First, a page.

Microbial 'omics

The new anvi'o BAM profiler

a post by A. Murat Eren (Meren)

We just released the new anvi’o v2.2.2. If you would like to see why you should use this version, you can read the full release notes here.

Among other goodies, this release comes with a much improved version of good ol’, memory-slayin’, single-threaded profiler. Just like the way the previous version of the profiler was absolutely my fault, this new and improved profiler is absolutely Özcan’s success. Although Özcan has been a long time developer of anvi’o, he just recently officially joined the lab. While we thank Özcan for his excellent contributions to the anvi’o codebase, we do not excuse him for not contributing the gender diversity of our lab. Bursts into tears.

The old profiler

OK. The old profiler was a single-threaded program that went through each entry in a given BAM file one by one, kept all intermediate results in the memory, and finally wrote everything into the disk once the processing of all data was finished.

The lack of parallelism made it very slow, and the lack of occasional disk access made it very memory-inefficient. Sadly, for very large metagenomes, our memory usage often exceeded the terabyte limit. Although this has always been unacceptable for us, and the solution was clear, making it happen took longer than it should. But here we are!

The new profiler

In contrast, the new profiler can process data in multiple threads, and does allow the user to plan a trade-off between the memory use and speed. For these, there are two new parameters: --num-threads, and --write-buffer-size. It also shows the actual memory usage of the profiler, so you can see what’s up:

The key is to avoid using too much memory for your system’s norms to make sure your operating system does not start relying on the swap disk space.

When we have unlimited resources, the increasing number of threads decrease the amount of time it is required to process all data:

Each line in the figure above represent the memory usage of the process for the old profiler (the one in ugly yellow) versus the new profiler with changing number of threads. The X-axis represents how long a given process took, and the Y-axis shows the amount of memory it used.

As you can see, while the memory usage increase almost linearly with the number of threads, the gain in processing time does not decrease as rapidly with the increasing number of threads, and 16 threads seem to be the sweet spot. This is most probably due to the overhead of maintaining too many processes. You know how a problem that takes a single person 4 hours to solve, takes 2 hours to solve for two people, and 6 hours to solve for three? It is kinda like that, but not as bad. Simply because computers are much better than people even at their worst. Bursts into tears again.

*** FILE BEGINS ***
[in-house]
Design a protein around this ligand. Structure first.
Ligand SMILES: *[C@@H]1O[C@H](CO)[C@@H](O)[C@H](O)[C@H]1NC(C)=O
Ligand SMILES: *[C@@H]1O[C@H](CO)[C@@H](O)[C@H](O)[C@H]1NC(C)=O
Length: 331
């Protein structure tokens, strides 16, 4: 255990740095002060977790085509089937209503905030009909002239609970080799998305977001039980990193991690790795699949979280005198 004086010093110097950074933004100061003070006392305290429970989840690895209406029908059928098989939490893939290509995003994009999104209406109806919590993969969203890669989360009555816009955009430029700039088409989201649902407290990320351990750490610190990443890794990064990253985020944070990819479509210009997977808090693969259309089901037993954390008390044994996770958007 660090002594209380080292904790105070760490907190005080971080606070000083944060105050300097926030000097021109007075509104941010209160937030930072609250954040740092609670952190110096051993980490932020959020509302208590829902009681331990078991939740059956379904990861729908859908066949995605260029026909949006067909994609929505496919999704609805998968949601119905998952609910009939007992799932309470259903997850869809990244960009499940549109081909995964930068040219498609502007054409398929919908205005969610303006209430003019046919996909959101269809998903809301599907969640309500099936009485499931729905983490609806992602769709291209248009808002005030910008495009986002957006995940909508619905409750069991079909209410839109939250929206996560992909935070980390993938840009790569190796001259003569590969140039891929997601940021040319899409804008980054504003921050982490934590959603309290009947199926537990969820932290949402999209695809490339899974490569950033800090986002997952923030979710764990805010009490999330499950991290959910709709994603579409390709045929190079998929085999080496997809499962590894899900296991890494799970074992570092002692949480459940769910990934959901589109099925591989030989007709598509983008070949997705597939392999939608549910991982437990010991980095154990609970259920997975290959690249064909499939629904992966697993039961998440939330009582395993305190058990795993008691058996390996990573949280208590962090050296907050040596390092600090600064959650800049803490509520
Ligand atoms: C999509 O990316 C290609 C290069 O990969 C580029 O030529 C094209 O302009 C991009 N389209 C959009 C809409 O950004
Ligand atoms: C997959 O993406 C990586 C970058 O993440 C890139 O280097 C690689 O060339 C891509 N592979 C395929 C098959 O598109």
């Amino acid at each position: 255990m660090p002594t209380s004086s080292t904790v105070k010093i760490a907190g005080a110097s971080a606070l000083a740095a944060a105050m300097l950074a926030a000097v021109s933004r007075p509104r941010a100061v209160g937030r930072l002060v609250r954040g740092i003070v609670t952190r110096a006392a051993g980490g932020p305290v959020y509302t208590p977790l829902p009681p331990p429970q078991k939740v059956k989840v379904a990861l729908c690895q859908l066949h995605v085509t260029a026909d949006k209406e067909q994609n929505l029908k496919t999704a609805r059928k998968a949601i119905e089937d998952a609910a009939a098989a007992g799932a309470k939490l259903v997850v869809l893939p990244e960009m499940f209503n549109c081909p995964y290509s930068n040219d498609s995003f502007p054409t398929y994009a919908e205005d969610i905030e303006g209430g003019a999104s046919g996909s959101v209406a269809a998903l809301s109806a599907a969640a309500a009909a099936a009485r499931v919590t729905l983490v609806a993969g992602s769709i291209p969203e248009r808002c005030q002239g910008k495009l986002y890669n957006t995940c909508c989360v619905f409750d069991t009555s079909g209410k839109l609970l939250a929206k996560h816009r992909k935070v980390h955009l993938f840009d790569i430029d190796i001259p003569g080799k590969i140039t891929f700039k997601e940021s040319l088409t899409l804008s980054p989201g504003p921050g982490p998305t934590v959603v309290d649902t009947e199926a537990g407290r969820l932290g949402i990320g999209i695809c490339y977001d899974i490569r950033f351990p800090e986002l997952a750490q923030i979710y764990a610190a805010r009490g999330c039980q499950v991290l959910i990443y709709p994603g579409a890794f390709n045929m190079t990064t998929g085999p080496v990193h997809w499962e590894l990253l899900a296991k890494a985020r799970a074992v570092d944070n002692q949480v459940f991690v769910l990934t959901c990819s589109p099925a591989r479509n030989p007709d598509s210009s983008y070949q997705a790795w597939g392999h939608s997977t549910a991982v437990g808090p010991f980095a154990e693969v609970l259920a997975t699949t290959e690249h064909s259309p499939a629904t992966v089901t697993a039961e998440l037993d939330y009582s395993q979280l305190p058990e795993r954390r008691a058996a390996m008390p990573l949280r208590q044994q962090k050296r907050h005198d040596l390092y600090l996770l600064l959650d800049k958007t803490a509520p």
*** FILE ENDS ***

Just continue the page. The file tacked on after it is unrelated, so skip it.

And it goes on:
Just for historical reasons, here is how Özcan initiated each of the profiling runs to generate cures above:

# The old profiler:
anvi-profile -i TEST-DATA.bam -c TEST-CONTIGS.db

# Test runs with the new profiler:
anvi-profile -i TEST-DATA.bam -c TEST-CONTIGS.db --num-threads 4
anvi-profile -i TEST-DATA.bam -c TEST-CONTIGS.db --num-threads 8
anvi-profile -i TEST-DATA.bam -c TEST-CONTIGS.db --num-threads 16
anvi-profile -i TEST-DATA.bam -c TEST-CONTIGS.db --num-threads 40
anvi-profile -i TEST-DATA.bam -c TEST-CONTIGS.db --num-threads 80


–write-buffer-size

Because we don’t have unlimited resources, we have --write-buffer-size. The parameter you define for the write buffer size answers the question “how many items should the profiler keep in memory before writing them to the disk”. If the write buffer size is larger than the number of contigs in the BAM file, the profiler will keep everything in memory until the end of the run: minimum disk I/O, maximum speed and memory usage. If the write buffer size is very small, let’s say it is --write-buffer-size 1, the profiler will write every processed contig to the disk as soon as they are finished: the memory use will never exceed the amount of memory used for a single contig in your project, but the number of disk I/O will be maximum.

Here is how the same dataset above goes with different --write-buffer-size values:

You don’t gain much more speed with increasing write buffer size, but lowering it is a very efficient way to keep the memory usage to a minimum for a given profiling run.

Again, here is how Özcan initiated each of the profiling runs to generate cures above:

# With unlimited buffer size:
anvi-profile -i TEST-DATA.bam -c TEST-CONTIGS.db  --num-threads 4 --write-buffer-size 0

# Test runs with varying buffer sizes:
anvi-profile -i TEST-DATA.bam -c TEST-CONTIGS.db  --num-threads 4 --write-buffer-size 100
anvi-profile -i TEST-DATA.bam -c TEST-CONTIGS.db  --num-threads 4 --write-buffer-size 500
anvi-profile -i TEST-DATA.bam -c TEST-CONTIGS.db  --num-threads 4 --write-buffer-size 1000
anvi-profile -i TEST-DATA.bam -c TEST-CONTIGS.db  --num-threads 4 --write-buffer-size 2000
anvi-profile -i TEST-DATA.bam -c TEST-CONTIGS.db  --num-threads 4 --write-buffer-size 5000
anvi-profile -i TEST-DATA.bam -c TEST-CONTIGS.db  --num-threads 4 --write-buffer-size 10000


We hope the new profiler will be useful to you!